The technical component of Web 2.0 includes XML, Ajax, APP, various programming languages, plug-ins and widgets, and the REST architecture. All of these have a role to play in supporting the web sites that incorporate Web 2.0 features, while many predate the Web 2.0 phenomenon. There are far too many interesting technical features for me to talk about all of them in one post, of course, but this post should at least introduce you to some of the more interesting acronyms.
Obligatory tag cloud: this one contains some technical terms
Developing Web 2.0 applications is easier than developing large enterprise-style applications. The developer toolkits are a lot easier to use, and it’s much faster to create something. 37 signals, who make Basecamp, amongst other tools, say they put it up in four months with 2.5 developers using Rails, a development framework. For developers there’s now a range of language options, from PHP to C++ or JavaEE, with newer platforms and languages like Ruby and Rails grabbing mindshare as well. People can program in the system they’re comfortable with, and although there’s a certain amount of snooty disparagement of each language from proponents of some other one, what matters in the end is using the right tool for the job. I’ve seen bad code written in Java and good code in PHP, and a system that does less but does it well is preferable to my mind to one that does a lot really badly.
Since it combines a lot of different applications, debugging can be a problem. Some basic rules that I’ve found useful are: first make sure your HTML/XHTML validates, then make sure your CSS validates, then use Firefox with the Firebug extension to debug the rest. Once you have that working, you can make the changes for other browsers as appropriate.
These problems can be solved — there are Ajax toolkits available which hide the XMLHttpRequest and other browser incompatibilities, some applications have figured out the back button and the bookmarking URL issues, the asynchronous issues can be dealt with by breaking the applications up into small segments which take into account the fact that the other end may never respond. And as a result of these toolkits and techniques, Ajax is now a major component of many websites, even those that aren’t for Web 2.0 startups.
REST is an architectural framework that explains a lot of why the web is so successful. Roy Fielding’s PhD thesis was the first place where it was codified (and he coined the term). Basically the idea is that everything that you can reach on the web should be a resource with a web address (URI) that you can reach with standard HTTP verbs, and that will have other URIs embedded in it. There’s more to REST, of course, and I’m sure the purists will take issue with my over-simplified description.
REST is widely used in what I call Ajax APIs — the APIs that various applications have that let people get access to the data. Mash-ups, where you take data from one service and combine it with another service, use these APIs all the time. The classic example of a mash-up was to take Craigslist rental data and mash it with Google mapping data onto a third web site (housingmaps) without Craiglist or Google being involved to start with. There are now vast numbers of mash-ups and lots of toolkits to help you create them. One problem with mash-ups is that the people providing the data may not care to have you take it (for example, if they run ads on their sites); the Web 2.0 solution to that is that if you own the data, you need to add more value to it that can’t be mashed as easily. Amazon has book reviews on top of the basic book data, for example, so people use Amazon as a reference link.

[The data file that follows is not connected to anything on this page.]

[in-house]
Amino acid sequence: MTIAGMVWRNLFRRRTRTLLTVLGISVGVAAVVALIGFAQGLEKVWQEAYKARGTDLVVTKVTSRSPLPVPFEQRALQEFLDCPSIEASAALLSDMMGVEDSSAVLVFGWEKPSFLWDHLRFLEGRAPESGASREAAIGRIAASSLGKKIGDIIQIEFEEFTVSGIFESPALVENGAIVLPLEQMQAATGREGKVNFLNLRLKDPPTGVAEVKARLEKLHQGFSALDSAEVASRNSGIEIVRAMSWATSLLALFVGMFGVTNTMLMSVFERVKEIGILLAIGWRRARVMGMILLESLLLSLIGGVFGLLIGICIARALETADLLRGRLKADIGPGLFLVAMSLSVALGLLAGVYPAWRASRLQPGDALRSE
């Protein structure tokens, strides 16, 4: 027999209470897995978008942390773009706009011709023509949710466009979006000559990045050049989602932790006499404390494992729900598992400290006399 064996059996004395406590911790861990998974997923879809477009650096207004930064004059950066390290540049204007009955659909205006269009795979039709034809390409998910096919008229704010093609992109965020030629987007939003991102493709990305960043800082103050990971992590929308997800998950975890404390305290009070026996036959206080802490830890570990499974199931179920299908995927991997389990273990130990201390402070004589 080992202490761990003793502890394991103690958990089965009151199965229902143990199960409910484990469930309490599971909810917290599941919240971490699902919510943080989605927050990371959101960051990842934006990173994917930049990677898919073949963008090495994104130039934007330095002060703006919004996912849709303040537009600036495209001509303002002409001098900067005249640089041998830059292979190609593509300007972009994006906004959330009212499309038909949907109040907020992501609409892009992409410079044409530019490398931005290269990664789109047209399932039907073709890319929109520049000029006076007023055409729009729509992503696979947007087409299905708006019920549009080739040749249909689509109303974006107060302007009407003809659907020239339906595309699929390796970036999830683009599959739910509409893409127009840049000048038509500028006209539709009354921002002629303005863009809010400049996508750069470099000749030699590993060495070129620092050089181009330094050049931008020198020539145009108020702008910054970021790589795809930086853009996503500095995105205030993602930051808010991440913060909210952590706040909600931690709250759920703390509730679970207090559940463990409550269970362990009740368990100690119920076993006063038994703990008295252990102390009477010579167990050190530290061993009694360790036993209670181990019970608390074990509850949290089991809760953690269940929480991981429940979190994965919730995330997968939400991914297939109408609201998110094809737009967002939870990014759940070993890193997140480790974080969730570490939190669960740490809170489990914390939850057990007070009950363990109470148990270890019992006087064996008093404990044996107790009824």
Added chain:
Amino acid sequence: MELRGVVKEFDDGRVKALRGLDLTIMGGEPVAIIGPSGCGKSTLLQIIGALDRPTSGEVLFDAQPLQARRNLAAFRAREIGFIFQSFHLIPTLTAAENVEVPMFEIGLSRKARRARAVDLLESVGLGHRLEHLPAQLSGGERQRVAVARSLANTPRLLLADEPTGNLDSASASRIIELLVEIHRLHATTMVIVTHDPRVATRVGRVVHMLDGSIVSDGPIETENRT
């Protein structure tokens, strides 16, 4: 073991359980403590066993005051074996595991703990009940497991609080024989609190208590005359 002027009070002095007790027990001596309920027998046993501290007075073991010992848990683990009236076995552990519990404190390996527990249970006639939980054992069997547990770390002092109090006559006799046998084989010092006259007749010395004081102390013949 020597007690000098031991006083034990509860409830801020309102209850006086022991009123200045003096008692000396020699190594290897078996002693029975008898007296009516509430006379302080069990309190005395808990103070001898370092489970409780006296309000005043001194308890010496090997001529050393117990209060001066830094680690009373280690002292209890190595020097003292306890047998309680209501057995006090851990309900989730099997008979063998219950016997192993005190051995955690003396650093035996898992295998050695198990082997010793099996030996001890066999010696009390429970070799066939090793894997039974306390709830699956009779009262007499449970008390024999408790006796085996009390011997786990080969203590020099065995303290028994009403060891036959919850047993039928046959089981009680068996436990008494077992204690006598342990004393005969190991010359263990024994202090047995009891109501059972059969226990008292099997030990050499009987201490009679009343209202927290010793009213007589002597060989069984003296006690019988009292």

The concept of mash-ups goes further into platforms that support plug-ins and widgets. One of the appealing things about Facebook is the fact that application developers can write widgets to do various things (from the trivial to the heavy-weight) that use the information that Facebook provides (this has privacy implications, but more about that in a later post). In a sense, this is about sites (usually commercial sites) using the social aspect of Web 2.0 (user-created content) to provide more features to their users, and is tightly tied to the process implications of Web 2.0 (more about that in the next post).
The Atom Publishing Protocol is fairly recent. Atom is the cleaned-up version of RSS and gives you a feed of information, tagged with metadata such as author, published date, and title. There is now also a protocol to go with it, designed for editing and publishing web resources using HTTP. It can be used as a replacement for the various blog-based publishing APIs, which were used to allow people to post to their blogs from different editors, but it’s now obvious that it can be used to carry other information as well, and not just for blogs. Since it’s a REST-based API that uses basic HTTP, it can be used for more general client-server HTTP-based communication. A good overview is on the IBM developer site.
One of a series on Web 2.0, taken from my talk at the CSW Summer School in July 2007. Here’s the series introduction. Coming up next: process aspects of Web 2.0